What could be simpler than a trailer? There really isn’t much to them. And if you don’t maintain them well what's the worst that could go wrong?
Well here’s something. This one- it was parked over grass for long periods of time and the axle actually rusted from the inside out from the moisture. And going down the road it broke and the wheel came off. So always check the axle on your trailer. Make sure it isn’t rusty. Check the wheels, especially if it’s a boat trailer and you back it into salt water. The wheels tend to rust on the inside and they separate on the highway. Check the tires. The tires do a lot of work on a trailer, heavy loads, high speeds, you’ve got to make sure that the tires are in good shape, they aren’t stale dated- so you have to check the production date on them, and that they have the proper pressure.
Alright, next thing, the wheels turn on bearings. The bearings should be checked every 12,000 miles or once a year unless it’s a boat trailer that gets backed into the water and then they may have to be checked a lot more frequently. Big thing is you check to make sure they don’t look like this. This one is right on the verge of failure because the grease is completely shot in it. Now if you have to replace the bearings buy them as a kit, they come with the race, the bearing, the seal, cotter pin, everything that you need except grease. You have to pack the grease into the new bearing. And make sure and you know how to do that, you do it properly, and you use the proper high temp high pressure wheel bearing grease.
Some trailers will have surge brakes. That means that the coupling there will be a moveable part of the coupling and a master cylinder above it. And when the trailer surges forward as you brake the tow vehicle, it will apply the brakes by moving the master cylinder, pumping fluid to the trailer wheels and that brake fluid needs to be changed every 2 years- never longer than that.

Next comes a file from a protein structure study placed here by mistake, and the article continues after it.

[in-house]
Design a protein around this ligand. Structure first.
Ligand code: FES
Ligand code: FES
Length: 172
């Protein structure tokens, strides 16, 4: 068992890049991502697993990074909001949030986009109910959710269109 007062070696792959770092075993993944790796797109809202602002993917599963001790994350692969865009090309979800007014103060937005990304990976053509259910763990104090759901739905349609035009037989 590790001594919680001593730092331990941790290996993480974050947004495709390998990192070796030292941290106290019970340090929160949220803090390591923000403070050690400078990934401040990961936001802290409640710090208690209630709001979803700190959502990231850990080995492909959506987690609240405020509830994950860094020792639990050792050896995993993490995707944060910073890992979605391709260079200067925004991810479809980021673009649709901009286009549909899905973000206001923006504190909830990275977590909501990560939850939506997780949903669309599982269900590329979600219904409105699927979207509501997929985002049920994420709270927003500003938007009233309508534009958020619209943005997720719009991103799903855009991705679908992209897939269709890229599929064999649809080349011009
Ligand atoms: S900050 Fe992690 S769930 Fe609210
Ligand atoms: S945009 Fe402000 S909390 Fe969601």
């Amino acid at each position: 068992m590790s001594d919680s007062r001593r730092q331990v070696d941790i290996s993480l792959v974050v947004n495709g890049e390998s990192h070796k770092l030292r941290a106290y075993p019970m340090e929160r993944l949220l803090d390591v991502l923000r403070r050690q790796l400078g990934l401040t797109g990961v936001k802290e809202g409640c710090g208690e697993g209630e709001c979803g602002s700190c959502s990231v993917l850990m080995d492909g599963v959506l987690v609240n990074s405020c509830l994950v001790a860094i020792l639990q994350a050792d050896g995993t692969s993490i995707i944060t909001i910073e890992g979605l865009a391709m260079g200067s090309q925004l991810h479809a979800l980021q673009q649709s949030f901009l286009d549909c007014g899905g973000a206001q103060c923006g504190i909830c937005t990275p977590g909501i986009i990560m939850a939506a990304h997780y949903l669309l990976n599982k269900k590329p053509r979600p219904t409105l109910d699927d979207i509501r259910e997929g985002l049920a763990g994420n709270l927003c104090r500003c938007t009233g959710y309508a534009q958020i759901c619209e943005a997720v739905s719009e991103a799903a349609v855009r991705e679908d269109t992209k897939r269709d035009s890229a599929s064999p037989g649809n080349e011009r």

Check the lights. Many times trailer lights will be cracked or broken. Sometimes they discolor, they lose their red color. If there’s anything wrong with them, replace them- they are ready available and easy to install. Also, make sure that the lights work. You have somebody walk around while you apply the breaks, the turn signals, and so on.
Now another thing, a lot of the light adapters or the trailer adapters, you have a different connector on the car with the tow vehicle than what you have on the trailer. So you buy these adapters. Many of the adapters will have built in testers. Like this one will glow red if there’s a problem. This one has lights on it, and so on. It helps you test to make sure that the tow vehicle is supplying the proper voltage to the trailer to make the lights work. So take care of the trailer then you won’t have problems.
And if you have a question or comment, drop me a line right here at Motorweek.